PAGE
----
Editor's Note: The Schlage Encode Plus Smart Wi-Fi Deadbolt is currently out of stock.
The Schlage Encode Plus Smart Wi-Fi Deadbolt is the best smart lock for Apple HomeKit. It stands out among many other smart locks by supporting one, er, key feature: Apple Home Key, which leverages iPhones and Apple Watches for proximity-based locking and unlocking. Just hold either device near the keypad, and presto: the deadbolt slides in or out of your door frame. The Encode Plus replaces the previous-generation Schlage Encode, which left out any support for HomeKit smart homes.
However, there’s a caveat Apple users need to consider, and that’s the need for an Apple home hub like an Apple TV, iPad, or HomePod Mini. If you don't have one, you won’t be able to use the lock’s remote-access features. And, even if you do, the only geofencing option is woven into Apple HomeKit, which frustratingly requires manual intervention whenever you arrive home or depart. Alternatively, you can bypass setting the lock-up with HomeKit and use the Schlage app for iOS and Android (sans hub).
The Encode Plus has a keypad with support for up to 100 custom codes but lacks versatile features like a fingerprint reader. Other less expensive smart locks, like our No. 1 pick, come with a fingerprint reader—an extra feature that makes for easy entry when your hands are full. The keypad can be hard to operate for some, as there’s no tactile feedback and a dim backlight.
The good news is that the lock is very easy to install, and also to connect with Alexa, Google, and Siri voice assistants. It also works with Amazon Key. Plus, Schlage backs the physical components with an impressive lifetime warranty and the electronics for three years.
Schlage offers the Encode Plus in two different styles and colors. If you like the look, and you’re already vested in Apple’s ecosystem, the Schlage Encode Plus is the best smart lock for HomeKit.
Hi! I’m Rick Broida, and I’m a freelance tech writer charged with testing smart home gadgets (among other things) here at Reviewed. The previous rounds of testing were done by Whitson Gordon, a former tech freelancer for Reviewed, and Sarah Kovac, former editor of our smart home section here at Reviewed.
We use a piece of an actual door for the installation process. We assemble each one, noting which had newbie-friendly instructions, and which ones made us want to pull our hair out.
Once each lock is installed, we test the accompanying mobile app on Android and iOS, over Wi-Fi and cellular data (when applicable). We rated each one on lock/unlock speed, app interface, connection reliability, responsiveness when used with voice assistants, ease of installation, and more.
We paid special attention to ease of use and reliability. After all, if you're spending the money to upgrade to a smart lock, it needs to work well. Every time.
Our tests proved that not all locks are as smart as you'd think, and when it comes to your home's security, it might be better to opt for a reliable, easy-to-use lock over one that's loaded with potentially confusing and unnecessary features.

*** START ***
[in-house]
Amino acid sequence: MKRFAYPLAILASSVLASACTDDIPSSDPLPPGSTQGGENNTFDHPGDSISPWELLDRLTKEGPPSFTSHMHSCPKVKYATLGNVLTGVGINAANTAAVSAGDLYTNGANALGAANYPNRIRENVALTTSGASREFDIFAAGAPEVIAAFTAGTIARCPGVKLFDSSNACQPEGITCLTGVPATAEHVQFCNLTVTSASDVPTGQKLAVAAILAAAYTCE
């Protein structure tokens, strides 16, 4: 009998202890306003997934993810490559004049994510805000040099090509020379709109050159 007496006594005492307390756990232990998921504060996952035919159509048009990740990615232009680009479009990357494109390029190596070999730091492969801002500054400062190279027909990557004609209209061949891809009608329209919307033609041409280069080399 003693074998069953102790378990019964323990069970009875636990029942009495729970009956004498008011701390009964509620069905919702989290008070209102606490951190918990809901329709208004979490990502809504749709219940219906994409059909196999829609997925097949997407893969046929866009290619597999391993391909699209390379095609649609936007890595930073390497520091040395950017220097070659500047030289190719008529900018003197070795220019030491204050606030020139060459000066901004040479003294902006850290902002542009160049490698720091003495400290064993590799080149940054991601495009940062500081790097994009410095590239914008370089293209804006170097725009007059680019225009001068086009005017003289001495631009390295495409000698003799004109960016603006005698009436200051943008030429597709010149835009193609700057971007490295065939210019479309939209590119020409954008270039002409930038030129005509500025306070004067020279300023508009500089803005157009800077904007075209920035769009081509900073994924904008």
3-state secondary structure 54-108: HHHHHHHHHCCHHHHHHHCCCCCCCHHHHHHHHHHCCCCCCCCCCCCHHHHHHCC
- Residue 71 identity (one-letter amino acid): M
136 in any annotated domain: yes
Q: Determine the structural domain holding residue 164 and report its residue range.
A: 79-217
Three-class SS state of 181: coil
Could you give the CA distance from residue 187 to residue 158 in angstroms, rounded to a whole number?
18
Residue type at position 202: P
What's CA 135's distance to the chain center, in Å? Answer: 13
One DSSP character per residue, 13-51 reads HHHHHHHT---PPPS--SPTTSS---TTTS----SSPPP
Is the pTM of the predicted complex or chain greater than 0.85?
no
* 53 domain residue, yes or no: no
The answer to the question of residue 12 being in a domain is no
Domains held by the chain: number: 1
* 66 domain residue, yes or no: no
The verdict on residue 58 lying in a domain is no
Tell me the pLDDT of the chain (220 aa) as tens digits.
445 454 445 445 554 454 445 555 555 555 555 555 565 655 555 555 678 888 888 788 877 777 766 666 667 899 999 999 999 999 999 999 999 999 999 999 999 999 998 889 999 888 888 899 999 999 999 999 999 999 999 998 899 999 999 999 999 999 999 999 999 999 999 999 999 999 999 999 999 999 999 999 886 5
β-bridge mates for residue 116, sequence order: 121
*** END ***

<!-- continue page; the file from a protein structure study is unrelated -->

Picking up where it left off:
What You Should Know About Smart Locks
Can You Use a Physical Key With a Smart Lock?
Digital keypads are great when you don't have a spare key to loan the dog walker or babysitter, and also for those times when you lock yourself out of the house. Some smart locks even come with fingerprint sensors for super-quick unlocking, or geofencing so your house unlocks automatically as you arrive home. Ultimately, these are what make smart locks "smart," and will probably be the main ways you unlock your door.
However, most smart locks also come with traditional keys that you can use to lock and unlock the door as you normally would. It's a good idea to key the spare key on your keyring (or in a safe place where you can easily access it) in case something goes wrong—like you lose power or the batteries in the smart lock die (though many will notify you well before this happens). In addition, you might want to consider a lock that shares compatibility with the other locks in your house.
Can a Smart Lock be Hacked?
Yes. Like any smart product, it's possible to hack into a smart lock. Cybersecurity should be a consideration, but you should also consider the many ways a smart lock offers more security than a "dumb" one.
While possible, the odds of someone having the know-how and motivation to hack your smart lock are going to be much lower than the odds of a door accidentally left unlocked, a burglar finding your spare physical key hiding under a rock, or a burglar using that rock to smash a window. A smart lock prevents many unfortunate scenarios that can result from the vulnerabilities of a dumb lock.
A smart lock can auto-lock your door, ensuring it isn't left unsecured. It eliminates the need for spare/hidden keys and therefore lowers the likelihood one will be stolen, lost, or copied. And depending on the product you choose, your fingerprint or phone will be all you need to get in your house—no more fumbling for keys.
While the device introduces some risks, it eliminates others and adds a lot of conveniences. Just make sure the password to your smart lock isn't "password," and you're likely to come out ahead over a standard deadbolt.